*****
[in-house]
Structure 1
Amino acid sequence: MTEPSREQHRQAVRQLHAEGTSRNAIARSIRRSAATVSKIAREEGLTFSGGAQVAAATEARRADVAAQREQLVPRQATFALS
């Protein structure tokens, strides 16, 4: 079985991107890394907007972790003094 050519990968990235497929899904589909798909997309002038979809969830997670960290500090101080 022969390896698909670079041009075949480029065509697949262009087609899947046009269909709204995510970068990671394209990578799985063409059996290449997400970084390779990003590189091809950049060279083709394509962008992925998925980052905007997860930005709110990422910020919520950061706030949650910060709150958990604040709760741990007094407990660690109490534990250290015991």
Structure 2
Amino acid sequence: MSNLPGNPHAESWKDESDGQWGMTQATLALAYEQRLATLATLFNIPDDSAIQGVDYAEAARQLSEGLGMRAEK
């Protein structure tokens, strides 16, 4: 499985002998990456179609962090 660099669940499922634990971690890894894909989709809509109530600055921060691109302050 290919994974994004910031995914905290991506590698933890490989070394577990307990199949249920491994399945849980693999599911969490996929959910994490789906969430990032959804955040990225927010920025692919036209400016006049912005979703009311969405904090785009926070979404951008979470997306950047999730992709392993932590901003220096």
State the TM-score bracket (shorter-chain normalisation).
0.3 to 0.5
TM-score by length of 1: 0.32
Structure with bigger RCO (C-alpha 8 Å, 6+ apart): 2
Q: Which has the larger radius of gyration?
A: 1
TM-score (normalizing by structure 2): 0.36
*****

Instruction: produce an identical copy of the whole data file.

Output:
[in-house]
Structure 1
Amino acid sequence: MTEPSREQHRQAVRQLHAEGTSRNAIARSIRRSAATVSKIAREEGLTFSGGAQVAAATEARRADVAAQREQLVPRQATFALS
């Protein structure tokens, strides 16, 4: 079985991107890394907007972790003094 050519990968990235497929899904589909798909997309002038979809969830997670960290500090101080 022969390896698909670079041009075949480029065509697949262009087609899947046009269909709204995510970068990671394209990578799985063409059996290449997400970084390779990003590189091809950049060279083709394509962008992925998925980052905007997860930005709110990422910020919520950061706030949650910060709150958990604040709760741990007094407990660690109490534990250290015991």
Structure 2
Amino acid sequence: MSNLPGNPHAESWKDESDGQWGMTQATLALAYEQRLATLATLFNIPDDSAIQGVDYAEAARQLSEGLGMRAEK
């Protein structure tokens, strides 16, 4: 499985002998990456179609962090 660099669940499922634990971690890894894909989709809509109530600055921060691109302050 290919994974994004910031995914905290991506590698933890490989070394577990307990199949249920491994399945849980693999599911969490996929959910994490789906969430990032959804955040990225927010920025692919036209400016006049912005979703009311969405904090785009926070979404951008979470997306950047999730992709392993932590901003220096």
State the TM-score bracket (shorter-chain normalisation).
0.3 to 0.5
TM-score by length of 1: 0.32
Structure with bigger RCO (C-alpha 8 Å, 6+ apart): 2
Q: Which has the larger radius of gyration?
A: 1
TM-score (normalizing by structure 2): 0.36